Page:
Transcription – English – Hayley Weinrauch

03. Hayley Weinrauch1.mp4: Video automatically transcribed by Sonix

03. Hayley Weinrauch1.mp4: this mp4 video file was automatically transcribed by Sonix with the best speech-to-text algorithms. This transcript may contain errors.

Hayley Weinrauch:
Hi. I just want to make it clear that I think it might have been a confusion. I am not a cancer survivor, but I do have like I do have heart conditions, so I have, like, a heart murmurs. Thanks. I just wanted to make it clear just because I know that there is a lot of people, and I don't want to take someone else's story away. No worries.

Trish Wood:
Thank you for the correction.

Hayley Weinrauch:
No problem. So please.

Trish Wood:
Tell us what happened to.

Hayley Weinrauch:
You. So it's more pinned on university, but also I am a single mom, so it was already navigating through those challenges and those experiences, trying to balance my my social life with my daughter and then my school. So I ended up losing my job with pound makers, which was a treatment center for I worked there for two years and I ended up getting paid on unpaid leave after I fought to stay with endless phone calls and lists, lawyer appointments, which is like money I couldn't even afford. So there was that challenge. But then there was with university. I fought super hard and I fought super like I fought a lot just to even get myself in school and those and it was my fourth year as well. So in Social Work and me and my sister story are co-headlined in the same time. But when my school in September said, if you're not vaccinated by December, you can't finish school. And I'm sorry, I go to Macewan in Edmonton. So when that was announced, I was I was heartbroken and I was like I just was stunned and didn't know what to do. So it was endless phone calls, endless appointments and lists, like just trying to see anything that could get me through my last semester because I wasn't like I said, I struggle with school. So the three years of school was already such a big struggle for me. So I was not going to let this mandate stop me. So throughout appointments, I felt belittled. I felt hurt.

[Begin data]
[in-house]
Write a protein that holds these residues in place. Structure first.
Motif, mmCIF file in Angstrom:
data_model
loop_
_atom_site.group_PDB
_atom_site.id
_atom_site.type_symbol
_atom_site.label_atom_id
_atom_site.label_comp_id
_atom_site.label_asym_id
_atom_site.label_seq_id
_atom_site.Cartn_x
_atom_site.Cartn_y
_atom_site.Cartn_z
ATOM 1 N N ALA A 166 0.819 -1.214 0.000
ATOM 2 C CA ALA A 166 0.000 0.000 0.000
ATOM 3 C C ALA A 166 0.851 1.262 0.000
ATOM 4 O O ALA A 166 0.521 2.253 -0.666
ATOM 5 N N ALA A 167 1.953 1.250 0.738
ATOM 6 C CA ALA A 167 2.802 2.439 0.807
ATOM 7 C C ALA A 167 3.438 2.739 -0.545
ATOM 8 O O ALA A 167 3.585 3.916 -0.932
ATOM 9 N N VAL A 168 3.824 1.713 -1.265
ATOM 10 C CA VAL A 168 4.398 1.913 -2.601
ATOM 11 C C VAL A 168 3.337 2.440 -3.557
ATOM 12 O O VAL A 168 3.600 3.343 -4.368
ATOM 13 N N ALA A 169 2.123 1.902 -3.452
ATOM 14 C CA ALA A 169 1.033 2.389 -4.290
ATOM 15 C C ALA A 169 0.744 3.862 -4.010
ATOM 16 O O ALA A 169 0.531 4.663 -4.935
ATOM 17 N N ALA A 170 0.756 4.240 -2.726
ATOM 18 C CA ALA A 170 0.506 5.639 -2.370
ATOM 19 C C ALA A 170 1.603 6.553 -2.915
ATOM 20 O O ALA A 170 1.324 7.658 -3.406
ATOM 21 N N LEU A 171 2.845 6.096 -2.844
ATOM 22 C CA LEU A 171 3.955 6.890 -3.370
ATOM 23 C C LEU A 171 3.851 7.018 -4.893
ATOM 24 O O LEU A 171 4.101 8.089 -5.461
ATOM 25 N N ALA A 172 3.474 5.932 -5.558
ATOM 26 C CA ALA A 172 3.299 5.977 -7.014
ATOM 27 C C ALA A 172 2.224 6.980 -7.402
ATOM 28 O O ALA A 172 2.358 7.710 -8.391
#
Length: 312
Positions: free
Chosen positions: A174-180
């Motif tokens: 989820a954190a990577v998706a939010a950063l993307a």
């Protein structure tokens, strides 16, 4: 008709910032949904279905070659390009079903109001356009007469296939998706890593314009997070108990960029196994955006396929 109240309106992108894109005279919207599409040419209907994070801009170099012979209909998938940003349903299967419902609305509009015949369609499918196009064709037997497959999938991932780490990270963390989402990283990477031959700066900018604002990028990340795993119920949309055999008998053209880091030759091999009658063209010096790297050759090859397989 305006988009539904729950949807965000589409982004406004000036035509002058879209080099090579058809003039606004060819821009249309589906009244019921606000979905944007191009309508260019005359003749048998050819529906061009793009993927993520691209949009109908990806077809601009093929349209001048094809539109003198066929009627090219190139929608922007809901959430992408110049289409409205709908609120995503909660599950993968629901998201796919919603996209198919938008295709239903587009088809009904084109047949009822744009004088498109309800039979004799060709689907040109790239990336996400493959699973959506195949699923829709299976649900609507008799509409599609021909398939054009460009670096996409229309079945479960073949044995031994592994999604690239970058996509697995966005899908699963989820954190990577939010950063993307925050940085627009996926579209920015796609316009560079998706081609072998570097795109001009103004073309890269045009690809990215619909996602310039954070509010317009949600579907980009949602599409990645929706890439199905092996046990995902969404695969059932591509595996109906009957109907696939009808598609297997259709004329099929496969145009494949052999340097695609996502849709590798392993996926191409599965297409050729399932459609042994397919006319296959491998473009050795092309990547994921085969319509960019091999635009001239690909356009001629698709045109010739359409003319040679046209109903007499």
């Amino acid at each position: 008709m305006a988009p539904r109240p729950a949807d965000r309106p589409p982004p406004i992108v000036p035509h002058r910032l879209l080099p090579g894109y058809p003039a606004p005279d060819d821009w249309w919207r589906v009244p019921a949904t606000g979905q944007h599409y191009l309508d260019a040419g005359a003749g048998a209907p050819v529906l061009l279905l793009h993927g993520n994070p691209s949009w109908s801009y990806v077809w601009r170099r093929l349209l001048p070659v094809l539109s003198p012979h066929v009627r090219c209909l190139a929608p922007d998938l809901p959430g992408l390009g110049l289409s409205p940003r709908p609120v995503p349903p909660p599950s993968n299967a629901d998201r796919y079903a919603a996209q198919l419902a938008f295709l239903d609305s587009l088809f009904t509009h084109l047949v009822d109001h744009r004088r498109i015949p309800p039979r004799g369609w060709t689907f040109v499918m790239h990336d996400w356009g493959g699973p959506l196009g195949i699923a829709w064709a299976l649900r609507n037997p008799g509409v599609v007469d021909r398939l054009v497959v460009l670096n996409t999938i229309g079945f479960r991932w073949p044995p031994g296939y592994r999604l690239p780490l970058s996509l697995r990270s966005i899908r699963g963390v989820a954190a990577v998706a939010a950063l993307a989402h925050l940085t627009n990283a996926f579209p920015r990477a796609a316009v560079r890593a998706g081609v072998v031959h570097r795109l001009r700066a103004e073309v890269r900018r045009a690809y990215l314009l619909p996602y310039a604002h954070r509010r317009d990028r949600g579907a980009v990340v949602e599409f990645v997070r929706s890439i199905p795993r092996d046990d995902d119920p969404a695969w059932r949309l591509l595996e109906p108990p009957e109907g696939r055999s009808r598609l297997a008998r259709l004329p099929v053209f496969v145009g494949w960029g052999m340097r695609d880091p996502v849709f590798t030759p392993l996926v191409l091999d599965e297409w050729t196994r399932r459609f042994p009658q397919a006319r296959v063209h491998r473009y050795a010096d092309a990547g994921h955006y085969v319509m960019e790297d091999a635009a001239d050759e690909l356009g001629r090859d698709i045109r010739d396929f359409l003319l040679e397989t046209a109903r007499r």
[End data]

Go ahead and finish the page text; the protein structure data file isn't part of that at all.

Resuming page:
Hayley Weinrauch:
My, sorry. My own daughter. was first that I talked to about being exempt. He yelled in my face and told me I had to get it because of my heart condition. Even though four years ago he told me to get an abortion because my heart wouldn't be able to take on having my daughter. So I felt really hurt in that sense because my daughter is everything to me. So I felt really ashamed. And I left an appointment like feeling lost and confused and thinking like, Well, this is the end. Like, I won't be able to finish my school and what was all that hard work for? So it was really discouraging. But my mom, like my whole family, is unvaccinated, so my mom has been amazing on her side with like endless phone calls of trying to get my exemption. And we spent a lot of money getting my exemption. And finally, I did get a religious exemption with my school and I was able to finish my last semester. But it was those endless drugs, it was the endless testing which I actually had to pay out of my own pocket for months. And I felt like that was an unfair. That was unfair because that's that's almost like $72 every three days. So that was a fight with my school. It was just a lot of I lost a lot of faith in our society and a lot of things that I wouldn't think I would ever go through in my life.

Trish Wood:
Thanks so much for that. And obviously we're all sorry that you're struggling, but I think it represents the struggle of many, many Canadians. I'd like to throw it to to Susan as the daughter on the panel. It must be difficult. And I'm sure you have a question to hear about a doctor treating a young female patient that way.

Dr. Susan Natsheh :
Absolutely I was. Touched by many aspects of your story, Hayley, and thank you so much for sharing. You know, as physicians, we hold such a special place, I think, to help our patients. And help people navigate through a lot of different issues on top of their immediate health care. So I'm very saddened to hear that you had such a difficult experience with your family doctor in that way. And overall, everything that you experienced through your schooling saddened me. But so impressed that you have been able to navigate through this as a single mother. I have the highest respect for single parents and and well done to you. I was just. My question really was around child care. You had family to help. Was that a barrier to you in any way with that aspect?